Rated 5 out of 5 by from A Captivating, and Amazing Story! This is the Newest Book by Jodi Picoult. This Book just proved even more what an amazing author picoult is, and why her books always land on the "Best-Sellers" list. I love Picoult's style of writing, Every character speaks, and you get to learn all sides of the story. Emma Hunt is a hard working, Single mother, just barely making ends meet for her family. Emma has 2 Sons, 15 year old, Theo, and 18 year old, Jacob who has Aspergers Syndrom. Jacob has a strong passion for Forensic Science, and loves staging make-belief crime scenes to see if his mother can crack the cases. Jacob even owns a Police Scanner and can't help but arrive to crime scenes uninvited trying to help the poice solve the crime. But one Dark day on January 12, 2010, The small town of Townsend is rattled with the murder of Jess Ogilvy, a young college student, and it doesn't take long for the police to turn to Jacob but not for his help...For his arrest. Jacob is now being accused and sent to trial for her murder. Did he Do it? The outcome leaves the Hunt Family with answers they never would have imagined. This book had me hooked from beginning to end. I couldn't put it down, and Each new phase of the book is more intense then the last. Jodi Picoult blew me away with "House Rules" It is full of emotion, and strangely enough, Comedy. This book had a great twist, something that is a trademark with picoult. I loved House Rules, and I would recommend it to anyone.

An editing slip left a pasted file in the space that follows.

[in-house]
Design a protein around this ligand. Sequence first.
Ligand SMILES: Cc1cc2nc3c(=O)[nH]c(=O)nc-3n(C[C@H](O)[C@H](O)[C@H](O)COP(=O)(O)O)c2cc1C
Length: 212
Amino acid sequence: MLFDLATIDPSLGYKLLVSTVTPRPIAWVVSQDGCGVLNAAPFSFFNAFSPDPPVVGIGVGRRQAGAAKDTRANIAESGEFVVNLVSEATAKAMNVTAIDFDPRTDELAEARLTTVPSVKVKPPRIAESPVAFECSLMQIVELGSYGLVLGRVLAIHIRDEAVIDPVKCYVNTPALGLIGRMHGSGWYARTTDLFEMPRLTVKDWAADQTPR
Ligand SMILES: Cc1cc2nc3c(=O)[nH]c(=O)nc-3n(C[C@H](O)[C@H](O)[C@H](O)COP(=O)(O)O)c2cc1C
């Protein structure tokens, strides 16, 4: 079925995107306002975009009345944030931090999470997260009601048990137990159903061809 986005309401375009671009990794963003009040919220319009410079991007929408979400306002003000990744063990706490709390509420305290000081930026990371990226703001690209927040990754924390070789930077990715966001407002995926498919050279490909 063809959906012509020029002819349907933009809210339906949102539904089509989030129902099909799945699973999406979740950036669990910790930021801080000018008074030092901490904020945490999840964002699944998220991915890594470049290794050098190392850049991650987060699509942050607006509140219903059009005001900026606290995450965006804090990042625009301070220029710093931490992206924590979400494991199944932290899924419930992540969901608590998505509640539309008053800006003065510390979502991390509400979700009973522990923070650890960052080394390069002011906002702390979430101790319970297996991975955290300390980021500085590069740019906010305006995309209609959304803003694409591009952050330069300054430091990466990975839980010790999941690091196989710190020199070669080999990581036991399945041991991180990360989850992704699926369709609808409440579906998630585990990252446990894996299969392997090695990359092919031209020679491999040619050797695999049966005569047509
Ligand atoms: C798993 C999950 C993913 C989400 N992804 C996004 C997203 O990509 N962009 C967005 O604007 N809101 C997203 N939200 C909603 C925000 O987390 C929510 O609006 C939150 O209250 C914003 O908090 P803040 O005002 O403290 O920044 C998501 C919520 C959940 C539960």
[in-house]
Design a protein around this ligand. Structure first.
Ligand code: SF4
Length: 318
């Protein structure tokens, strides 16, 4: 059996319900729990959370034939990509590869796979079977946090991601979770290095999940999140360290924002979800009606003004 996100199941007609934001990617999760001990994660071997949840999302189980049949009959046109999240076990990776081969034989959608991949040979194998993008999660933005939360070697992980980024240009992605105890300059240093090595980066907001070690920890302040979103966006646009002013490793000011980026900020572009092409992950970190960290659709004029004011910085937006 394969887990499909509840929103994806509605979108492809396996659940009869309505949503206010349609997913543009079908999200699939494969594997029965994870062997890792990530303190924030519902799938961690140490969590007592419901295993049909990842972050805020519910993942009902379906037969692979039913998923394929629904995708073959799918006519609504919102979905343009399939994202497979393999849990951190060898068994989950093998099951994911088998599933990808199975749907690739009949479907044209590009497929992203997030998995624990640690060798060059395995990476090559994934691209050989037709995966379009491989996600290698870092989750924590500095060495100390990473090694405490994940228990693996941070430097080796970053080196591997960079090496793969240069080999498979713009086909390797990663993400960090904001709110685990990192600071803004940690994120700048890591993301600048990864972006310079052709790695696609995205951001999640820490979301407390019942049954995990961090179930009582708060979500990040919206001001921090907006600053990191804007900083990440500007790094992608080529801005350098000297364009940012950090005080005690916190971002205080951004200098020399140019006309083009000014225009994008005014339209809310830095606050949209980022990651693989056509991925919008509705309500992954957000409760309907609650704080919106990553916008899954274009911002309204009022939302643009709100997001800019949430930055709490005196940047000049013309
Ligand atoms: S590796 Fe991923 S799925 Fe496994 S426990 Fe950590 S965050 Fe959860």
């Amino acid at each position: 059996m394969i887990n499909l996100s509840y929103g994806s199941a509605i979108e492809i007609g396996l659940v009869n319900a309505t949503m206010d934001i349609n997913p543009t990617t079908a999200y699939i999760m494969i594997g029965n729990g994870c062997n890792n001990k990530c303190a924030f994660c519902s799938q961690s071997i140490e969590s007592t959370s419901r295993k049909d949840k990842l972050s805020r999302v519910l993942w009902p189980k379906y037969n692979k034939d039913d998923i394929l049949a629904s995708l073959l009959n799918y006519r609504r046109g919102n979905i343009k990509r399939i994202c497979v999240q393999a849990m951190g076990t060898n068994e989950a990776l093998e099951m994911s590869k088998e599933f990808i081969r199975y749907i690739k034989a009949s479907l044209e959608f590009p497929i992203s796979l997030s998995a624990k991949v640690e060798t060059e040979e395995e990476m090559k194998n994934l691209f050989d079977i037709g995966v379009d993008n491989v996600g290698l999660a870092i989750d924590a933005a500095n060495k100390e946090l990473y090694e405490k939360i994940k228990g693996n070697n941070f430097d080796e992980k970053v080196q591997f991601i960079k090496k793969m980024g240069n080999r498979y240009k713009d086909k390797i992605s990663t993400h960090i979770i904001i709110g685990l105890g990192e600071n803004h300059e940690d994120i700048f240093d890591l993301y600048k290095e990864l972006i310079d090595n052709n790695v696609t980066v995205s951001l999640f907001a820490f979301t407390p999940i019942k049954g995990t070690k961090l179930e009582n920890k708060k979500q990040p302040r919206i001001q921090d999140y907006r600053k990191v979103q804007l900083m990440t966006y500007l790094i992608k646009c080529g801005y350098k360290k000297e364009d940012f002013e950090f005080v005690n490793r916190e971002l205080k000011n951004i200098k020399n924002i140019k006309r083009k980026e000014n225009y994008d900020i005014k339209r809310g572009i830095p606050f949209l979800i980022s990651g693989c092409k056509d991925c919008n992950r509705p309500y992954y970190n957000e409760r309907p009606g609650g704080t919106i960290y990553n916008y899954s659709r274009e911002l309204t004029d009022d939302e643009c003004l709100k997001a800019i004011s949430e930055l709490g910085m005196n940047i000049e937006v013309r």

Date published: 2010-06-02
Rated 5 out of 5 by from CAPTIVATING FROM START TO FINISH This book was so worth the read. I have a sister with a son who has autism and I've often wondered exactly what her life must be like. This book gave me that glimpse inside their lives - to a degree. And better still - it gave me a glimpse into what it is like for my sister raising her son, and for his siblings as well. I also LOVE a "WHO DONE IT" murder mystery and this book definitely fit the bill! Brilliantly written, I found myself laughing out loud, and crying out loud too. Amazing book.
Date published: 2010-05-27